The Association between Cannabis Product Characteristics and Symptom Relief, Sarah S. STITH et al., 2019,

The Association between Cannabis Product Characteristics and Symptom Relief

Sarah S. STITH, Jacob M. VIGIL, Franco BROCKELMAN, Keenan KEELING, Branden HALL
Scientific Reports – Nature, 2019, 9, 2712.
Published online 2019 Feb 25. doi: 10.1038/s41598-019-39462-1
PMCID: PMC6389973
PMID: 30804402


Federal barriers and logistical challenges have hindered measurement of the real time effects from the types of cannabis products used medically by millions of patients in vivo. Between 06/06/2016 and 03/05/2018, 3,341 people completed 19,910 self- administrated cannabis sessions using the mobile device software, ReleafApp to record: type of cannabis product (dried whole natural Cannabis flower, concentrate, edible, tincture, topical), combustion method (joint, pipe, vaporization), Cannabis subspecies (C. indica and C. sativa), and major cannabinoid contents (tetrahydrocannabinol, THC; and cannabidiol, CBD), along with real-time ratings of health symptom severity levels, prior-to and immediately following administration, and reported side effects. A fixed effects panel regression approach was used to model the within-user effects of different product characteristics. Patients showed an average symptom improvement of 3.5 (SD = 2.6) on an 11-point scale across the 27 measured symptom categories. Dried flower was the most commonly used product and generally associated with greater symptom relief than other types of products. Across product characteristics, only higher THC levels were independently associated with greater symptom relief and prevalence of positive and negative side effects. In contrast, CBD potency levels were generally not associated with significant symptom changes or experienced side effects.


Medical cannabis markets are currently being flooded with thousands of cannabis strains with unique cannabinoid profiles, novel, uninvestigated cannabis-derived formulates and products with little to no clinical references or formal guidance on how fundamental characteristics of the products themselves may affect pharmacodynamics,. Federal laws have all but prohibited the use of prospective, pragmatic, naturalistic studies with random treatment assignment for measuring the effects of cannabis consumed in vivo. What little clinical research does exist is mostly limited to randomized controlled trials (RCTs) using synthetic cannabinoids or low quality and potency cannabis obtained from the federal government that is unrepresentative of the cannabis products used by millions of people every day,. Contributing to further confusion are historically contradictory messages coming from the scientific community on the true risks and benefits of cannabis consumption. For example, whereas cannabis was once often and sometimes still is described as component cause of schizophrenia,, several studies now suggest the use of medical cannabis as an effective alternative therapy to antipsychotics and for treating schizophrenia more generally. Contradictory effects are often attributed to the distinction between what has been historically interpreted as cannabis’ harmful, psychoactive cannabinoid, tetrahydrocannabinol (THC), often described as providing the ‘high’ effects versus the therapeutic, non-psychoactive potential (sometimes described as a ‘miracle cure’ in the popular media) of cannabidiol (CBD). In actuality, few large-scale investigations to date have measured the relative effects of THC and CBD consumption in real-time under naturalistic conditions among people diagnosed with schizophrenia or any other user group.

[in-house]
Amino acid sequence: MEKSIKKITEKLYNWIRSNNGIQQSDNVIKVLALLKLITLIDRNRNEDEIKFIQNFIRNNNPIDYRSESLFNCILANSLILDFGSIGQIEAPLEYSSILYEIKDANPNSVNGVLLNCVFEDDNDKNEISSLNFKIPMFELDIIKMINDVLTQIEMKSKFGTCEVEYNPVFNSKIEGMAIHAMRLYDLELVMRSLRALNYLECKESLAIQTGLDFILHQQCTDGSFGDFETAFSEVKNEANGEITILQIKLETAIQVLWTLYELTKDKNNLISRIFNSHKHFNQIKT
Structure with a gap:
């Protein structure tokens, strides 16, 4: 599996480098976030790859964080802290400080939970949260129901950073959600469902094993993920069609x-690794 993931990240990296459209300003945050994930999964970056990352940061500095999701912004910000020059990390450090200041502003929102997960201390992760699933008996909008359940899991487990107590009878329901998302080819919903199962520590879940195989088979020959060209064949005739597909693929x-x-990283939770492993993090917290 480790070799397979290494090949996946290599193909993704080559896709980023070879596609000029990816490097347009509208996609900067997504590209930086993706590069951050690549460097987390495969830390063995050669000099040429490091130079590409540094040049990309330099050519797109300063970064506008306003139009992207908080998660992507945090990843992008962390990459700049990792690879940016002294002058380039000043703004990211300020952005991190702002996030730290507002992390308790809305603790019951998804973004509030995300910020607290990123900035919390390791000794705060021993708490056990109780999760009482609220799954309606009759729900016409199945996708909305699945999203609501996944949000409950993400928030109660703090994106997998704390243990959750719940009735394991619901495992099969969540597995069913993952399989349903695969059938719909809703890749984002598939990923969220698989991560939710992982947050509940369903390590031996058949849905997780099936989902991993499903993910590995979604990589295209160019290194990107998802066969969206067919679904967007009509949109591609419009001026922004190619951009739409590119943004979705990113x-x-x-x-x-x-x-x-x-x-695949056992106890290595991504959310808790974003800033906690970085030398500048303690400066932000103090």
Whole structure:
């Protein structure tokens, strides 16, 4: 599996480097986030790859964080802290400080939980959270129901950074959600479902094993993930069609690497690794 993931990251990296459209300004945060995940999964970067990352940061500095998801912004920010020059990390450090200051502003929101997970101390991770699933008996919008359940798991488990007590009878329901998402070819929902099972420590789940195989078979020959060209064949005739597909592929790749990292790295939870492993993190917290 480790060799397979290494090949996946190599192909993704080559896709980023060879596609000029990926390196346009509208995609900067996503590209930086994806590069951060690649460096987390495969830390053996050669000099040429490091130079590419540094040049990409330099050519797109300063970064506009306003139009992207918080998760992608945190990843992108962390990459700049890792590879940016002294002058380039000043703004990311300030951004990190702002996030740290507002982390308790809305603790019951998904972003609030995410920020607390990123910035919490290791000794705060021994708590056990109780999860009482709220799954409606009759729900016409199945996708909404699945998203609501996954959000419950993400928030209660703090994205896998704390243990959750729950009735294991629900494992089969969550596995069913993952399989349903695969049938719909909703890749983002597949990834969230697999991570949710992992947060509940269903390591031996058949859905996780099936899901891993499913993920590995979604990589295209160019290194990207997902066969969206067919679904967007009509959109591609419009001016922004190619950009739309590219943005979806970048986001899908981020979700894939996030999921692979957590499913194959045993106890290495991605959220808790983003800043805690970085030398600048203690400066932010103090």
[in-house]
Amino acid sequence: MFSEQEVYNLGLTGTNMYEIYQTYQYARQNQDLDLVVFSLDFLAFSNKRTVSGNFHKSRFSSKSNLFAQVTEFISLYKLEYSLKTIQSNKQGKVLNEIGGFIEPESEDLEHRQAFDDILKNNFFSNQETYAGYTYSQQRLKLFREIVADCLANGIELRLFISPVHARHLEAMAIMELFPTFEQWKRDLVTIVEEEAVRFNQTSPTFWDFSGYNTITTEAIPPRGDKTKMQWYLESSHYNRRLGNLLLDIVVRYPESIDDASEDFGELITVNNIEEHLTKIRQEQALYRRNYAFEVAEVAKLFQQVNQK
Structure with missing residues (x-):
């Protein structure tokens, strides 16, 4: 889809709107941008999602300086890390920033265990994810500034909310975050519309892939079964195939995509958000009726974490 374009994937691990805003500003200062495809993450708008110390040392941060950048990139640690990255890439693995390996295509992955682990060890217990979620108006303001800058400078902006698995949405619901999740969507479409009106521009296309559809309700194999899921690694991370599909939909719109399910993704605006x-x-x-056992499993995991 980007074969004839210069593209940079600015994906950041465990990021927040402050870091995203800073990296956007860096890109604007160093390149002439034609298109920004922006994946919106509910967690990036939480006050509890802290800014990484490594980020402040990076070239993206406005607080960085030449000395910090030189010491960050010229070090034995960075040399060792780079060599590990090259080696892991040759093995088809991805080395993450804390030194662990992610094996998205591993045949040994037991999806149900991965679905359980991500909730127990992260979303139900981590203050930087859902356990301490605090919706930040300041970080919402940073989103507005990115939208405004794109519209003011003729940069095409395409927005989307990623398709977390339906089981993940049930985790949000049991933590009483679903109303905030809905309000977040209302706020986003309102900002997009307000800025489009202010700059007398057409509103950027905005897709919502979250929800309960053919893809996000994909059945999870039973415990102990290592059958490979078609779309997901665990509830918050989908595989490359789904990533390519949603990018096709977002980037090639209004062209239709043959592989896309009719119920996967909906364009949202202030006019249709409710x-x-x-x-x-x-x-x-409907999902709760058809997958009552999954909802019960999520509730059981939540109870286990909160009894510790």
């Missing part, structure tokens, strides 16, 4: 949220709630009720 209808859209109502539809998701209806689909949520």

This is the first study to measure how fundamental characteristics of cannabis products consumed in vivo affect immediate symptom relief and experienced side effects. We operationalize our research question using a mobile device software application (app). Although hundreds of cannabis-themed software apps are available for public use, the ReleafApp educational software is the first app designed specifically to record how the route of administration, combustion method, cannabis subspecies, and major cannabinoid contents are associated with real-time measurements of symptom severity levels, prior to and immediately following administration of cannabis, and the manifestation of myriad possible side effects. Despite recent advocacy for the benefits of CBD over THC, the vast majority of observational studies showing an association between patient-managed cannabis use and improvements in symptoms related to, for example, chronic pain, multiple sclerosis and Parkinson’s disease, post-traumatic stress disorder, and schizophrenia relied on public or commercially available cannabis that has been hybridized for high THC and low CBD contents, thus suggesting that THC may be an important determinant of user outcomes. Findings from this study are expected to contribute to guidelines for safe and effective cannabis consumption,, which until now have been limited to anecdotal or retrospective reporting and ungeneralizable experiments.